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I was hoping to take a few side by side but 3 of my animals are in deep shed plus the daylight is just about gone by the time I'm home from work. So here are a couple of pictures from earlier in the summer, not the best but I think they demonstrate the differences well enough. Also the loreal scales are often cited as a distinguishing character, difficult to see from the angle but my male childrens' below has 8 and the male spotted below has 5, same for my females of both. Both are lovely species, I personally find the spotted to be a bit more lively and quicker to respond to food. I have seen the odd hybrid for sale but usually they stand out as too big for childreni and the patterning being sort of like a muted spotted, this is adults though.

I haven't seen a genuine stimsons for years, large blotch python is a another name for them and it does suit them well. The blotches are larger and more regular than spotted's and they have a sort of white stripe on the sides from the neck down. They are more similar to childrens' in terms of size too.
 

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Discussion Starter · #6 · (Edited)
Well I did get some Ants in the end (Antaresia, not Anthill!)

Started with a pair from John (Shaw?) from Romsey.

Started out biting and pooping on initial inspection/collection.
But calmed down quickly, and were quite handleable for a while.

Then, my son threw a dirty sock at me and it spooked the female as it bounced near her 🤬. There after she was more defensive and I was bitten a couple of times, constricted a couple, but now seems to be mellowing again.
Named this girl ‘Bramble‘, after her prickly spell, she is lovely 🥰

Water Helmet Wood Fence Grass
 

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Discussion Starter · #9 ·
Reptile Scaled reptile Wood Terrestrial animal Snake


This is Willow. Produced by Tom Middlebrook, tho I got her from Tariq the vet. She is nervous, flighty, doesn’t like being handled, but never bites. Initially drop feeding only, she is now enthusiastic about taking from tongs.
 

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Discussion Starter · #12 · (Edited)
This is Holly. Produced by Derren Woodruff. Holly is a spicy madam and has bitten and constricted me a fair few times. She once held me for 40 minutes, before finally reconsidering her ambitions. I have tried hook training with her, and I think she has accepted that not all interactions are meal related. 😂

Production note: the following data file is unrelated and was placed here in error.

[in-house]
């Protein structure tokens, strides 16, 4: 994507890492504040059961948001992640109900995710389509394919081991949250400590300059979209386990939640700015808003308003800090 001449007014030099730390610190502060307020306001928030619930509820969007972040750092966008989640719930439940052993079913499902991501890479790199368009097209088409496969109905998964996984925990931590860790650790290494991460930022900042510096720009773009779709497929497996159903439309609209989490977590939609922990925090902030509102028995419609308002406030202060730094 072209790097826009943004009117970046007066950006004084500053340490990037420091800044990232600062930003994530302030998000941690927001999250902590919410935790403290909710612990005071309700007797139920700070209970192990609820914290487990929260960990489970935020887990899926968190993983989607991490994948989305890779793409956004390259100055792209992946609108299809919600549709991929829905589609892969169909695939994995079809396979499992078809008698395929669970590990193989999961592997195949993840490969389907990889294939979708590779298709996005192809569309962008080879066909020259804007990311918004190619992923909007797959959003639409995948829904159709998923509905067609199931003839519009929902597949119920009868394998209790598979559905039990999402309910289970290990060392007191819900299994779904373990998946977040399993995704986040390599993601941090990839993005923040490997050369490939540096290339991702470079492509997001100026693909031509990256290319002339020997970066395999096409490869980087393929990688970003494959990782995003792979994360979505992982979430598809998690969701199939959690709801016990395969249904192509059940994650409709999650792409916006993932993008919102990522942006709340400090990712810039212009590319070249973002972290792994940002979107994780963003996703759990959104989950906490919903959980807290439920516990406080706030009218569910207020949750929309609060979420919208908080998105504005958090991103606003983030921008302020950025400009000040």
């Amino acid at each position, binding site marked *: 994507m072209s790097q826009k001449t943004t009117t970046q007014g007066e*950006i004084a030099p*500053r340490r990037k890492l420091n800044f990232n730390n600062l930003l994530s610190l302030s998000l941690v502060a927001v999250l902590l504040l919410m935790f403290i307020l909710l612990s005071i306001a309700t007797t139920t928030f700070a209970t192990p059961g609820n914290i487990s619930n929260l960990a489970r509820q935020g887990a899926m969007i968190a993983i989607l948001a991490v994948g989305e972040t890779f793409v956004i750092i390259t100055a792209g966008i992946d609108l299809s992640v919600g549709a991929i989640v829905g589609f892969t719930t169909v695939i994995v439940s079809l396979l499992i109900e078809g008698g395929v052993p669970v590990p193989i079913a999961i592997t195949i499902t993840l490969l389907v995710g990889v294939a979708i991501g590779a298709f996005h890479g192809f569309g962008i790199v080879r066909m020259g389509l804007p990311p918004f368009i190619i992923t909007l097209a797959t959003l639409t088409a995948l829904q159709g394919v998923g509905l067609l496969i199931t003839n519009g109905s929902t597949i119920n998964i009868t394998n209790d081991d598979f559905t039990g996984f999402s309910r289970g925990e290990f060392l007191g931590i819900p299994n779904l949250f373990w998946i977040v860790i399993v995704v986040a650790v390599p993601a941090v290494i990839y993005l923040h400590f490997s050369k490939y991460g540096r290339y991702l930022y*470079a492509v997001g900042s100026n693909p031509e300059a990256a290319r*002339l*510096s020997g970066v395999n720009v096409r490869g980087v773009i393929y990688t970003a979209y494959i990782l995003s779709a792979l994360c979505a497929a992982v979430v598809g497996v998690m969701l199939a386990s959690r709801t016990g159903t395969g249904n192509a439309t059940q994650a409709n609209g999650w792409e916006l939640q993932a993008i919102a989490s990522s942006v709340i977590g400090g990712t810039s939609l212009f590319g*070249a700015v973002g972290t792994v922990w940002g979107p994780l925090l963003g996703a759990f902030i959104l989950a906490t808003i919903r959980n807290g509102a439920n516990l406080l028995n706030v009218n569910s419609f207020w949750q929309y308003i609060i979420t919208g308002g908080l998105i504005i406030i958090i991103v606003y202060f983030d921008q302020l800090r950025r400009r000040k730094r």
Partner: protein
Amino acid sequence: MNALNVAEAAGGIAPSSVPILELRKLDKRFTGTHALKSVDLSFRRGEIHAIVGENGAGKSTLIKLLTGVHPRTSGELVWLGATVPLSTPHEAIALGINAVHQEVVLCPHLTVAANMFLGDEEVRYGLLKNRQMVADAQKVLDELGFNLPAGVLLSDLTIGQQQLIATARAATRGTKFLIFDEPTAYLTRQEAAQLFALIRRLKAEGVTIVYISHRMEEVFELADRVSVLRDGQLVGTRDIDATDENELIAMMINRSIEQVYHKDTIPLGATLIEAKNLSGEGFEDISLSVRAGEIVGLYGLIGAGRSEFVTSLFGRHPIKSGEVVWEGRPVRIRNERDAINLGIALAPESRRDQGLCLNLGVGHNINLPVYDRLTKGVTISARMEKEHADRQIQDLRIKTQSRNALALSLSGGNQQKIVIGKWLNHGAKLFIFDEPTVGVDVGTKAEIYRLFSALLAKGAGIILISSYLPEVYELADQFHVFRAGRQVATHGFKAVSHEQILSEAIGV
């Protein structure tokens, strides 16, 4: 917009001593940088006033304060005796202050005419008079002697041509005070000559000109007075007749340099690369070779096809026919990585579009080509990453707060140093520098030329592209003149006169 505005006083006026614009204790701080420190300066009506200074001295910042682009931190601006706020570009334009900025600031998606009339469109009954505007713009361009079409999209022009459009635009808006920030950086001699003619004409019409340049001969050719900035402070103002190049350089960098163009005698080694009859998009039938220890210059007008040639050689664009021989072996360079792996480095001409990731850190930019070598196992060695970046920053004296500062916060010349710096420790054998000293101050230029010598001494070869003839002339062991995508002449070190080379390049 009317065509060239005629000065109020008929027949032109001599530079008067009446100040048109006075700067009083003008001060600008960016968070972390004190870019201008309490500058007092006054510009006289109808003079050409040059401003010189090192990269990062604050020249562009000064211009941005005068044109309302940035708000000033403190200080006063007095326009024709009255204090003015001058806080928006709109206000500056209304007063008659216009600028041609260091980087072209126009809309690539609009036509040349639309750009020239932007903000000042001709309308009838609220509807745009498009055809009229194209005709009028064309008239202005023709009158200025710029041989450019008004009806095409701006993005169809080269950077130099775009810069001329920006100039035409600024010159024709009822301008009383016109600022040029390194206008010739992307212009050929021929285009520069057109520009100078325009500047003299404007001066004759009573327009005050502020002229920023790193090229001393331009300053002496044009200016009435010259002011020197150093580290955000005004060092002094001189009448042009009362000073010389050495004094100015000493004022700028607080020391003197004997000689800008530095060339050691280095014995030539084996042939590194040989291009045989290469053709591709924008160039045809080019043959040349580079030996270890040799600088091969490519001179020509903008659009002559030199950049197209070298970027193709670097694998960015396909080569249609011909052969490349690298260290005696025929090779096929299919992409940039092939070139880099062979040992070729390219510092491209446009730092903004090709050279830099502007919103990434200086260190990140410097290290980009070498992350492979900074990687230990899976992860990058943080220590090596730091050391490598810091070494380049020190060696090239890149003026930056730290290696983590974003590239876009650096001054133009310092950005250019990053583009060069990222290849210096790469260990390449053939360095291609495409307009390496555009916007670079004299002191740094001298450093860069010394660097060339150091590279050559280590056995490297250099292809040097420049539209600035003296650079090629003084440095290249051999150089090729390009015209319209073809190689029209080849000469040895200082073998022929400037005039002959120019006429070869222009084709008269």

I love the plucky attitude of the Ants, but so far in my small group, it seemed to be 2 females which tried to be most assertive.
Motor vehicle Hood Luggage and bags Bag Automotive exterior

Metal Fashion accessory Wire Carbon Glass
 

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Discussion Starter · #13 · (Edited)
Bird Automotive tire Wood Gas Plant


Holly’s pastimes include smearing her excretions across all possible surfaces! Perhaps Picasso might have been apt.
They are an active species, and whilst acknowledging an upgrade from quarantine to 3 foot viv is overdue (and this could reduce likelihood of her tracing through her poop), I like to think she does it deliberately 🤭
 

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Discussion Starter · #16 ·
I have a soft spot for this sibling of Bramble. He reminded me of a European adder with the bright orange eyes, so as a leap, I named him Baldrick 😳
He is inquisitive and gentle (except during meal time).


Food Ingredient Artifact Wood Tree
 

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Discussion Starter · #19 ·
It may not show in the photo, but he damaged his scales and soft tissue around his head.
He tried to push through a poorly cut vent hole. Entirely my fault, which I felt v bad about; endeavour not to be repeated!
Fortunately, he did not sustain any infection, he later shed and seems to have recovered.
I did observe what looked like blood clot stains on the shed skin, and actual skin not fully covered by the new scales.
Eye Snake Reptile Scaled reptile Terrestrial animal